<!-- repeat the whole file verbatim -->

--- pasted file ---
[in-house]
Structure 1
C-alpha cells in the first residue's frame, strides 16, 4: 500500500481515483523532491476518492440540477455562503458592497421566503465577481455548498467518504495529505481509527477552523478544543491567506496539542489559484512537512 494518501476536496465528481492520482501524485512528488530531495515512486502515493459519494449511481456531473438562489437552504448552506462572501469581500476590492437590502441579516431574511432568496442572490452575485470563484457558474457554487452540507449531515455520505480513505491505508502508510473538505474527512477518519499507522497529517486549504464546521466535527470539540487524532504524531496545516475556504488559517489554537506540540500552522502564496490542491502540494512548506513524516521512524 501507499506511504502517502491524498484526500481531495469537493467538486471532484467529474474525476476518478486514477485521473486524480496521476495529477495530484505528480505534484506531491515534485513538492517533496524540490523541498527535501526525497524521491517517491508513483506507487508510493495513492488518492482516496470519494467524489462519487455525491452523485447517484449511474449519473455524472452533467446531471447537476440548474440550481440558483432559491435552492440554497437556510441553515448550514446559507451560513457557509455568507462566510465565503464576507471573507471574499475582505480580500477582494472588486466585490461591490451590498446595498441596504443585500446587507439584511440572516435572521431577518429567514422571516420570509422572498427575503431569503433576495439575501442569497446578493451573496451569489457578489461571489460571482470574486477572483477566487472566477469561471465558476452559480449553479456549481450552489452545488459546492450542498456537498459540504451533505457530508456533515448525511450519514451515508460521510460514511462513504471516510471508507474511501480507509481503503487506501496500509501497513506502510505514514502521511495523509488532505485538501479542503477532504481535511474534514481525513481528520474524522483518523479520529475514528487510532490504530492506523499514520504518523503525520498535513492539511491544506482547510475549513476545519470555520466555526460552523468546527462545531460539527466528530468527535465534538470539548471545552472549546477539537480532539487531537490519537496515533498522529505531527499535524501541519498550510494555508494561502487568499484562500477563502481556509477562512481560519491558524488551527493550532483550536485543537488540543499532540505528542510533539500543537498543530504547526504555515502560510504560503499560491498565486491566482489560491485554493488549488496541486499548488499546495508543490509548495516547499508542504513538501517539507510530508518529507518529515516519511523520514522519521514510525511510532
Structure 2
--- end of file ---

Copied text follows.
[in-house]
Structure 1
C-alpha cells in the first residue's frame, strides 16, 4: 500500500481515483523532491476518492440540477455562503458592497421566503465577481455548498467518504495529505481509527477552523478544543491567506496539542489559484512537512 494518501476536496465528481492520482501524485512528488530531495515512486502515493459519494449511481456531473438562489437552504448552506462572501469581500476590492437590502441579516431574511432568496442572490452575485470563484457558474457554487452540507449531515455520505480513505491505508502508510473538505474527512477518519499507522497529517486549504464546521466535527470539540487524532504524531496545516475556504488559517489554537506540540500552522502564496490542491502540494512548506513524516521512524 501507499506511504502517502491524498484526500481531495469537493467538486471532484467529474474525476476518478486514477485521473486524480496521476495529477495530484505528480505534484506531491515534485513538492517533496524540490523541498527535501526525497524521491517517491508513483506507487508510493495513492488518492482516496470519494467524489462519487455525491452523485447517484449511474449519473455524472452533467446531471447537476440548474440550481440558483432559491435552492440554497437556510441553515448550514446559507451560513457557509455568507462566510465565503464576507471573507471574499475582505480580500477582494472588486466585490461591490451590498446595498441596504443585500446587507439584511440572516435572521431577518429567514422571516420570509422572498427575503431569503433576495439575501442569497446578493451573496451569489457578489461571489460571482470574486477572483477566487472566477469561471465558476452559480449553479456549481450552489452545488459546492450542498456537498459540504451533505457530508456533515448525511450519514451515508460521510460514511462513504471516510471508507474511501480507509481503503487506501496500509501497513506502510505514514502521511495523509488532505485538501479542503477532504481535511474534514481525513481528520474524522483518523479520529475514528487510532490504530492506523499514520504518523503525520498535513492539511491544506482547510475549513476545519470555520466555526460552523468546527462545531460539527466528530468527535465534538470539548471545552472549546477539537480532539487531537490519537496515533498522529505531527499535524501541519498550510494555508494561502487568499484562500477563502481556509477562512481560519491558524488551527493550532483550536485543537488540543499532540505528542510533539500543537498543530504547526504555515502560510504560503499560491498565486491566482489560491485554493488549488496541486499548488499546495508543490509548495516547499508542504513538501517539507510530508518529507518529515516519511523520514522519521514510525511510532
Structure 2